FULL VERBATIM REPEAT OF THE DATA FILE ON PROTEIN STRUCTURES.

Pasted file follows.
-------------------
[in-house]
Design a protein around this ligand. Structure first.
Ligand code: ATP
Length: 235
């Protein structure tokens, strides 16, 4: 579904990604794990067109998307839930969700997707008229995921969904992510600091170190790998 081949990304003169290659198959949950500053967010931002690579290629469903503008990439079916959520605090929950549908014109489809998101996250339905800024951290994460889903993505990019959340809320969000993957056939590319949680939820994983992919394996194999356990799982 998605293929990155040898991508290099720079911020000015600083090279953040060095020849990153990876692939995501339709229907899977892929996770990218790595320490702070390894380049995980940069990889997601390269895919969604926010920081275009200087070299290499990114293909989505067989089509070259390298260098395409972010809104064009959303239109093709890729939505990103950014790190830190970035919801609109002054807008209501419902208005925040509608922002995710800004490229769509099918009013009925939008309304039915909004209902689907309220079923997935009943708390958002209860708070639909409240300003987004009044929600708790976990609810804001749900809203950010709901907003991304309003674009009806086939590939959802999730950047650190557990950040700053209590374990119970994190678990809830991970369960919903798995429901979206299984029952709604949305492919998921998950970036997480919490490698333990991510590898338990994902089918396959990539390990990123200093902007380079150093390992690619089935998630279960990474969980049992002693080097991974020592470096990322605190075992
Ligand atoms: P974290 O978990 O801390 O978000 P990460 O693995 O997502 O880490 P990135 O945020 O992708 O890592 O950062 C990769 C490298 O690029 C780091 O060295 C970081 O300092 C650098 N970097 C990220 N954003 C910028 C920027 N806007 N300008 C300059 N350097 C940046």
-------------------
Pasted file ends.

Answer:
[in-house]
Design a protein around this ligand. Structure first.
Ligand code: ATP
Length: 235
């Protein structure tokens, strides 16, 4: 579904990604794990067109998307839930969700997707008229995921969904992510600091170190790998 081949990304003169290659198959949950500053967010931002690579290629469903503008990439079916959520605090929950549908014109489809998101996250339905800024951290994460889903993505990019959340809320969000993957056939590319949680939820994983992919394996194999356990799982 998605293929990155040898991508290099720079911020000015600083090279953040060095020849990153990876692939995501339709229907899977892929996770990218790595320490702070390894380049995980940069990889997601390269895919969604926010920081275009200087070299290499990114293909989505067989089509070259390298260098395409972010809104064009959303239109093709890729939505990103950014790190830190970035919801609109002054807008209501419902208005925040509608922002995710800004490229769509099918009013009925939008309304039915909004209902689907309220079923997935009943708390958002209860708070639909409240300003987004009044929600708790976990609810804001749900809203950010709901907003991304309003674009009806086939590939959802999730950047650190557990950040700053209590374990119970994190678990809830991970369960919903798995429901979206299984029952709604949305492919998921998950970036997480919490490698333990991510590898338990994902089918396959990539390990990123200093902007380079150093390992690619089935998630279960990474969980049992002693080097991974020592470096990322605190075992
Ligand atoms: P974290 O978990 O801390 O978000 P990460 O693995 O997502 O880490 P990135 O945020 O992708 O890592 O950062 C990769 C490298 O690029 C780091 O060295 C970081 O300092 C650098 N970097 C990220 N954003 C910028 C920027 N806007 N300008 C300059 N350097 C940046």